20 Abril

Plasma-synergistic effects: catalysing cross-disciplinary collaborations
Queensland University of Technology (QUT) and CSIRO, QUT-CSIRO Joint Sustainable Processes and Devices Laboratory. Australia
Lugar: Salón de Grados cicCartuja2

This presentation will introduce the key features of low-temperature plasmas that make them a versatile tool in materials science and engineering and other areas such as chemical engineering and health sciences. Particular attention will be paid on synergistic effects of plasmas with common materials and processing methods and what difference it makes in diverse applications, with particular focus where nanoscale features of materials play a role. These localized interactions have opened opportunities for fundamental research and applications in the plasma nanoscience field.

The focused “what can plasma do for you” examples will be used to stimulate collaborative efforts even between researchers normally working in completely disparate fields.

Dr. Cuong Pham-Huu

16 Marzo

Materials for catalysis: challenges and opportunities
Institute of Chemistry and Processes for Energy, Environment and Health (ICPEES, UMR 7515) CNRS and University of Strasbourg, France
Lugar: Salón de Grados CicCartuja2

New catalytic materials have been extensively developed since the last decades for application in several research fields including sensors, drug delivery, light-weight high mechanical strength composites and catalysis. In this presentation, we will discuss about last developments on the use of (i) confinement effect in 1D carbon channel, (ii) nanostructuration of 2D carbon via catalytic patterning along with the uncovering of the patterning mechanism by operand transmission electron microscopy, and (iii) development of new bio-sourced mesoporous carbon doped with nitrogen as an active and selective metal-free catalyst for oxidation process. The first example reports on the use of confinement effect to modify and selectively cast, metal oxides, inside 1D carbon material for applications in the field of drug delivery, biological imaging and catalysis. In the second example, catalysis has been used to perform nanopatterning of few-layer graphene, leading to the generation of higher reactive edge sites, for the subsequence anchorage of metal oxide nanoparticles with improved sintering resistance for application in the field of sensor and liquid-phase reactions. The direct analysis of the process by operando TEM at ambient conditions allows one to uncover the different mechanisms operated during the patterning process for future optimization step. The last example focus on the synthesis of nitrogen-doped mesoporous carbon, issued from bio-sourced raw materials, decorated silicon carbide as metal-free catalyst for the selective oxidation of trace amount of H2S into elemental sulfur with improved activity and stability. The presentation will end-up with some future perspectives about the use of carbon-based metal-free catalysts in some relevant catalytic processes as well as the role of operando TEM investigation for unraveling catalytic mechanisms.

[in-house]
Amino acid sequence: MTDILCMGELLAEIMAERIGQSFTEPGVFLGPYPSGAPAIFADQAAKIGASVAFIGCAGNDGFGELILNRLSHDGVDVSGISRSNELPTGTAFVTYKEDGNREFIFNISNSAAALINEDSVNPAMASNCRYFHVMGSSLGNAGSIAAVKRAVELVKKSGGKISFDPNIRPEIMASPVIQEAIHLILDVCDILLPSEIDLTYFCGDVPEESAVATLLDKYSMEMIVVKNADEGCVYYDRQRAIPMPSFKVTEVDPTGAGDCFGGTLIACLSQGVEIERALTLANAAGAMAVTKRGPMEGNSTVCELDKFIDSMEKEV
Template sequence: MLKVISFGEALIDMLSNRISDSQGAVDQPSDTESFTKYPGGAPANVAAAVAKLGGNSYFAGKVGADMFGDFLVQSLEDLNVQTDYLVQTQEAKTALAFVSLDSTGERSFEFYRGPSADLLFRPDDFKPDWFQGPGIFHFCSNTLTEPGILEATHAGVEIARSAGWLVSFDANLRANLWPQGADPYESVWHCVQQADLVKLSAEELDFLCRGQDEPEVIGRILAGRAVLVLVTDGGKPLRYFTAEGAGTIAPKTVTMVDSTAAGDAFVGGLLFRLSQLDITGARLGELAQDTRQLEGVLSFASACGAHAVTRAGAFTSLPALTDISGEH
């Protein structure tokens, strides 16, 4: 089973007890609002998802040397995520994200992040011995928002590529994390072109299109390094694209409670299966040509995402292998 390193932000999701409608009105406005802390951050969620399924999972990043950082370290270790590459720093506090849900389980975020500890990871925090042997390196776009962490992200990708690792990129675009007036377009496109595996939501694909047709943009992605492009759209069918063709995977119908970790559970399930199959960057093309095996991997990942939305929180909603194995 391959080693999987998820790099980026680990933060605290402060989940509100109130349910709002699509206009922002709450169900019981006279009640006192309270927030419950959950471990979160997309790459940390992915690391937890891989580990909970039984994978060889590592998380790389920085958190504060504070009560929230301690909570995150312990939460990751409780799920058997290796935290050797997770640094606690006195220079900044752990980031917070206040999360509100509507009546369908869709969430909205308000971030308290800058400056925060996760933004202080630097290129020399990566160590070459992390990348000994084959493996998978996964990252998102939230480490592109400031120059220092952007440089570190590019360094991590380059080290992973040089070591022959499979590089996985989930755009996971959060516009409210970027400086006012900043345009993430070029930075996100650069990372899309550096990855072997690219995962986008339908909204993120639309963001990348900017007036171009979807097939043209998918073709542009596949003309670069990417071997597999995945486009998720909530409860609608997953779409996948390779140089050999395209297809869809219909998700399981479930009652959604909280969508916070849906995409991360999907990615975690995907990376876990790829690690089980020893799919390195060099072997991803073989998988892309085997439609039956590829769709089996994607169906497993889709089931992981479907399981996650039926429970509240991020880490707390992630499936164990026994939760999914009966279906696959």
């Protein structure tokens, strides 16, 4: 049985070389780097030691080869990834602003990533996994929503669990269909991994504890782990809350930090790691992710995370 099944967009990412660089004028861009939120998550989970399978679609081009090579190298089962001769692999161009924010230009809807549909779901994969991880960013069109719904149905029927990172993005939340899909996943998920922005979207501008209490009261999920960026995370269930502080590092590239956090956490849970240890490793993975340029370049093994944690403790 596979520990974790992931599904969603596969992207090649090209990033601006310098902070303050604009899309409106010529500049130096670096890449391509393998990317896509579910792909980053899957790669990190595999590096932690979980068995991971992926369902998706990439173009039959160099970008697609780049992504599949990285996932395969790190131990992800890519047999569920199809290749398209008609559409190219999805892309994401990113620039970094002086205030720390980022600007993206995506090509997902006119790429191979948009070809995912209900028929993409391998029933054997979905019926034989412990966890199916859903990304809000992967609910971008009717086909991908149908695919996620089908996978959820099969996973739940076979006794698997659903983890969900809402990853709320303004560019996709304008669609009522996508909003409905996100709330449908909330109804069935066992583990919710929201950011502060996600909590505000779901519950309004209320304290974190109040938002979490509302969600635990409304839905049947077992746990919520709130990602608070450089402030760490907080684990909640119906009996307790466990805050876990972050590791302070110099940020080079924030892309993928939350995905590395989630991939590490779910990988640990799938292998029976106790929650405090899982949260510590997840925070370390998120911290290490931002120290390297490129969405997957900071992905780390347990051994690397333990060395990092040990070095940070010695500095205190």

Prof. Dr. Anders Hagfeld

16 Febrero

The Versatility of Mesoscopic Solar Cells
Swiss Federal Institute of Technology Lausanne (EPFL), CH-1015, Lausanne, Switzerland
Lugar: Salón de Grados CicCartuja2

In our work on solid-state dye-sensitized solar cells (ssDSSC) we have recently [1] shown that copper phenanthroline complexes can act as an efficient hole transporting material. We prepared ssDSCs with the organic dye LEG4 and copper(I/II)-phenantroline as redox system and achieved power conversion efficiencies of more than 11%. Our follow up work on electron transfer studies and device optimization will be presented at the meeting.

In our work on perovskite solar cells (PSC) we have achieved efficiencies above 20% with a mixed composition of iodide/bromide and methyl ammonium/formamidinium [2]. For cells larger than 1 cm2 we recently certified a record efficiency of 19.6% [3], replacing the anti-solvent step in the perovskite film formation with a vacuum flash treatment. With the use of SnO2 compact underlayers as electron acceptor contacts we have constructed planar perovskite solar cells with a hysteresis free efficiency above 20% [4]. Recently, we have taken the cation mixing of the perovskite film further by including the Cs+ in a so-called ‘triple cation’ composition, i.e. Cs/FA/Ma. Larger grains grown in a monolithic manner are observed and for example reproducibility and device stability are improved [5]. At the meeting we will discuss our follow up works [6] and present our champion data; up to 22% efficiency with an external electroluminescence of 4%, and an outstanding open-circuit voltage of 1.24 V at a band gap of 1.63 eV entailing one of the smallest loss-in-potential of 0.39 V ever measured for any solar cell material. Furthermore, we will report a breakthrough in stability at 85 oC for 500 h under full solar illumination and maximum power point tracking (during which 95% of the initial performance was retained).